-Nevada enjoys sharing stories wherever possible, and uses his own interviews and archival stories. On one occasion, former world boxing champion Rocky Marciano was brought into Stampede. “I tried to use an idea with him one time,” related Stu Hart in an interview with Saturday Night Magazine, “after he stopped boxing, I brought him here to make an appearance at the Stampede Parade, our float was set up so that Waldo von Erich would take a shot at Marciano, I didn’t tell Marciano what I had in mind, so as to get the best effect. So Von Erich pulls Marciano’s hat down over his head, Rocky shows no emotion, ‘just make a fist do something,’ I tell Marciano. We could have sold out the Corral the next week, the place would burn up. But Marciano would have none of it. He thought all this wrestling stuff was comedy — that is until a wrestler — I don’t wanna say who — snatched him in a dressing room in Chicago one time.”

-The mighty midgets are not overlooked in the compilation of wrestling history in Canada’s West. The first documented midget wrestling match in the West featured Sky Low Low against Pee Wee James at the Winnipeg Civic Auditorium on October 13, 1950. Midget wrestlers such as Lord Littlebrook, Tom Thumb, Little Beaver, Fuzzy Cupid, Darling Dagmar, Pee Lopez, Little Brutus and Sonny Boy Cassidy have all appeared; in fact 98 midget wrestlers have shown their wares in Western Canada.

-Nevada also researched the women’s wrestling appearances in the Western Provinces while on his fact-finding mission to assemble the book. The lady wrestlers competed in Western Canada in the period from 1933-2008 include major names such as June Byers, Penny Banner, Fabulous Moolah, Joyce Grable, and Velvet McIntyre. The top 100 all-time women wrestlers that appeared are listed, along with their win-loss records.

-Another topic covers “Stories from the boys,” with 24 entries in the book. The following story was related by Mike Edwards, who was involved in the wrestling business for 27 years. As a referee, he spent the first seven years of his career exclusively for Al Tomko’s All Star Wrestling Promotions, and his account follows: “We were on the road one time and pulled into Quesnal for breakfast. Todd Tomko (a.k.a. Rick Davis) and I both ordered full meals — bacon and eggs, Al was with us and he orders only a bowl of water. Todd and I were quite puzzled about this, but then Al says, ‘I’m gonna show you guys how to save money on the road.’ When his water arrived, Al proceeded to pour a good amount of ketchup in the bowl. ‘Walla, ketchup soup.’ He follows that up by pulling three hard boiled eggs out of his coat pocket, and cracks them open at the table. Tomko beamed with pride, as he declared, ‘Boys, that’s how you save money.’ Todd was so embarrassed that he didn’t talk to his dad the rest of the day.”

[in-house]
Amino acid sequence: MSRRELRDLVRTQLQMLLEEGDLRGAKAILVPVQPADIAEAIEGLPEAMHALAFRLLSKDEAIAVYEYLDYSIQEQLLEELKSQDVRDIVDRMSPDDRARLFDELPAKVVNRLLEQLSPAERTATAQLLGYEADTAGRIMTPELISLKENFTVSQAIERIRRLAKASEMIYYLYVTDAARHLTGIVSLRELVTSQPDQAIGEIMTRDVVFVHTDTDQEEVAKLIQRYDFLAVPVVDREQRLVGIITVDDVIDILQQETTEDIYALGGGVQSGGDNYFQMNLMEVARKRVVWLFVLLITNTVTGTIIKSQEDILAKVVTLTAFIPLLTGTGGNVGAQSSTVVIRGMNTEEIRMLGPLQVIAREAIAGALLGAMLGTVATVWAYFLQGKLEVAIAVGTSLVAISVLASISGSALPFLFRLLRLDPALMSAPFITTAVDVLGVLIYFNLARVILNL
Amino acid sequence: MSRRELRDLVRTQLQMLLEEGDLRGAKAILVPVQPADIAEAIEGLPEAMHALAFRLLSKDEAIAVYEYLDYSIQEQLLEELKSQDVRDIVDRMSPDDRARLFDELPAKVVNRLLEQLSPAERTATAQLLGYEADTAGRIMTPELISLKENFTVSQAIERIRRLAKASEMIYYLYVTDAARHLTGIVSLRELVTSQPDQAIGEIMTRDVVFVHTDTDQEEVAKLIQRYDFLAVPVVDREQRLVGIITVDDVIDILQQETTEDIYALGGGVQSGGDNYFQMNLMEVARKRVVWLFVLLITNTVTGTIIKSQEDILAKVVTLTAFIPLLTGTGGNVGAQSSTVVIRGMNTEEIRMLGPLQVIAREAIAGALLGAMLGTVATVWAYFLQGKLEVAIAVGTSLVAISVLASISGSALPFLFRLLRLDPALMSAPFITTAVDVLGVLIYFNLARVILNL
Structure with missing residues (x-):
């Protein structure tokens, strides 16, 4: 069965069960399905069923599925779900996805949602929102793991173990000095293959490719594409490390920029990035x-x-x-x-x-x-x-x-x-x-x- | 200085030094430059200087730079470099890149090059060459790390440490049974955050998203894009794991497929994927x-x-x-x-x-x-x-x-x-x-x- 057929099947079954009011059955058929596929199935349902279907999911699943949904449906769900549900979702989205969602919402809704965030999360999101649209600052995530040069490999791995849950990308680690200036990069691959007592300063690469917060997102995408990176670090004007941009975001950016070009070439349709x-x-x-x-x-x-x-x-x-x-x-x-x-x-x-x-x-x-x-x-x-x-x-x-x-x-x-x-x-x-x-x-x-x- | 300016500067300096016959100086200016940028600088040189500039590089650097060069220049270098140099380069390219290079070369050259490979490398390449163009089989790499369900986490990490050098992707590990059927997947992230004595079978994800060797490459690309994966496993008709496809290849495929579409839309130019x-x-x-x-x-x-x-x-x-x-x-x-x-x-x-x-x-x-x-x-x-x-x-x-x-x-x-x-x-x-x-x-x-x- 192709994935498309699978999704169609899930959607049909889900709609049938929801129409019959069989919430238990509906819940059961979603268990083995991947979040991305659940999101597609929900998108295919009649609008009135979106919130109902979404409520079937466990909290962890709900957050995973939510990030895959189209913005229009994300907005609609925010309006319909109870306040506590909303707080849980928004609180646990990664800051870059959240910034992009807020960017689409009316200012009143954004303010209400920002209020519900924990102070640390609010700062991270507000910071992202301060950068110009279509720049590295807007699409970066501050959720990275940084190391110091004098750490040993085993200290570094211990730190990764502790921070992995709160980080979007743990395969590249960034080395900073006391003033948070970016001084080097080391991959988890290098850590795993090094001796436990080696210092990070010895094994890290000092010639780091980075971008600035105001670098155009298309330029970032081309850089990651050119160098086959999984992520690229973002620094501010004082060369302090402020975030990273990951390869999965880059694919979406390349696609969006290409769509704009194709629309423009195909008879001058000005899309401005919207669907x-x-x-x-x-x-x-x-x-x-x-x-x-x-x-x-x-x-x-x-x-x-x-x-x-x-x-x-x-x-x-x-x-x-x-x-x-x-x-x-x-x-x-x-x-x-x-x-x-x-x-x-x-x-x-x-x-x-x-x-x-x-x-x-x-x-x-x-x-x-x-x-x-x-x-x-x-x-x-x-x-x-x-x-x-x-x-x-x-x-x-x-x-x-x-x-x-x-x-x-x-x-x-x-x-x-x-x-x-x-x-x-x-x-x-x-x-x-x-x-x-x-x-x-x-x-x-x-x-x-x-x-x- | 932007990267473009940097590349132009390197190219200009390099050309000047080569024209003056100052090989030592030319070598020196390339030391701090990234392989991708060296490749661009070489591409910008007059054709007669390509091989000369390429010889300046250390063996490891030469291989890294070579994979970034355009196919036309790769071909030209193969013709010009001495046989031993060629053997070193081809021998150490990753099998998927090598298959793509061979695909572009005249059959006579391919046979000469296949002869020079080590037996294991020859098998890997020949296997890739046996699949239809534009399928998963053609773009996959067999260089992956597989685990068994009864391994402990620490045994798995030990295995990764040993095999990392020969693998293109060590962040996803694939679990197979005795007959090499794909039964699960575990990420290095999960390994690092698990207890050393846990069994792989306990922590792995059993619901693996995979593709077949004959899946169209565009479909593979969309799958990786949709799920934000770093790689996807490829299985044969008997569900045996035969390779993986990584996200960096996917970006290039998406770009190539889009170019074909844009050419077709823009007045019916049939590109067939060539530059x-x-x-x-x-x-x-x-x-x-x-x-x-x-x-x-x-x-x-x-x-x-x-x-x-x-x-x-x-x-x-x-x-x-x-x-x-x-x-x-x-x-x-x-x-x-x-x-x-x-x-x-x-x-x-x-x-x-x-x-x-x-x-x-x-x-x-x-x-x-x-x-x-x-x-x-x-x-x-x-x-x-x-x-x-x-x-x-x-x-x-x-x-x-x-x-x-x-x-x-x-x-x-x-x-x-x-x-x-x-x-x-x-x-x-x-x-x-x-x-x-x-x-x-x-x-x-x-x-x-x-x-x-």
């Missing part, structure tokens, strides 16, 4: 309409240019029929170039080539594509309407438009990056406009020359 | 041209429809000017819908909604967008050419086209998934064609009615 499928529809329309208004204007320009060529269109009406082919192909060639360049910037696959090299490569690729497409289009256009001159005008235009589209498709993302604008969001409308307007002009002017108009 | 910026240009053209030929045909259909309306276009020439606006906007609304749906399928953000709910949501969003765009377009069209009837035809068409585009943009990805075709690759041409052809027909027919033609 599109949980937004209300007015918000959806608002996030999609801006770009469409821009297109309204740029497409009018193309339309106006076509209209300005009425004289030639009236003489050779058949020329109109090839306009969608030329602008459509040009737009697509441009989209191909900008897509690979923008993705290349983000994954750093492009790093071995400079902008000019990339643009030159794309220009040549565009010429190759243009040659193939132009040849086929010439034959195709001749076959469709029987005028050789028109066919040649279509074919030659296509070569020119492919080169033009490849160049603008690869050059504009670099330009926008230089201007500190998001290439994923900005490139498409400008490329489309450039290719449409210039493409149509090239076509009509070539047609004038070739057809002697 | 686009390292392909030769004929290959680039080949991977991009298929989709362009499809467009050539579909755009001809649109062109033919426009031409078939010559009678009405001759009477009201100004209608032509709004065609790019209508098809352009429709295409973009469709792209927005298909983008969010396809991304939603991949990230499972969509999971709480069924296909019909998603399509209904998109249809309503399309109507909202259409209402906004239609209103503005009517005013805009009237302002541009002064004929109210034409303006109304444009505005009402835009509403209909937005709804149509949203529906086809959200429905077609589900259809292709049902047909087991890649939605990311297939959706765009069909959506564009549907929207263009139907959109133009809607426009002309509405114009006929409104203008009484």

-There are many details of records that the reader will find very informative. One is the “Top Drawing Wrestling Events In Western Canada” section. An example would be July 1962 – Vancouver, BC – Promoters: Cliff Parker and Rod Fenton, attendance 14,000+ main event Buddy Rogers retained NWA Title, defeating Gene Kiniski

-There are statistics for active professional wrestlers in the book as well, including the height, weight, hometown, birth date and debut of a total of 212 wrestlers that are active in Western Canada.

Nevada’s work cannot be understated. He has mined the rich history of wrestling in Western Canada through time and effort to provide a fascinating book.

Much has been revealed about professional wrestling on the pages of this book, the reader will find it difficult to put it down. As the quote has so often been used, it’s a must read for wrestling historians and fans alike.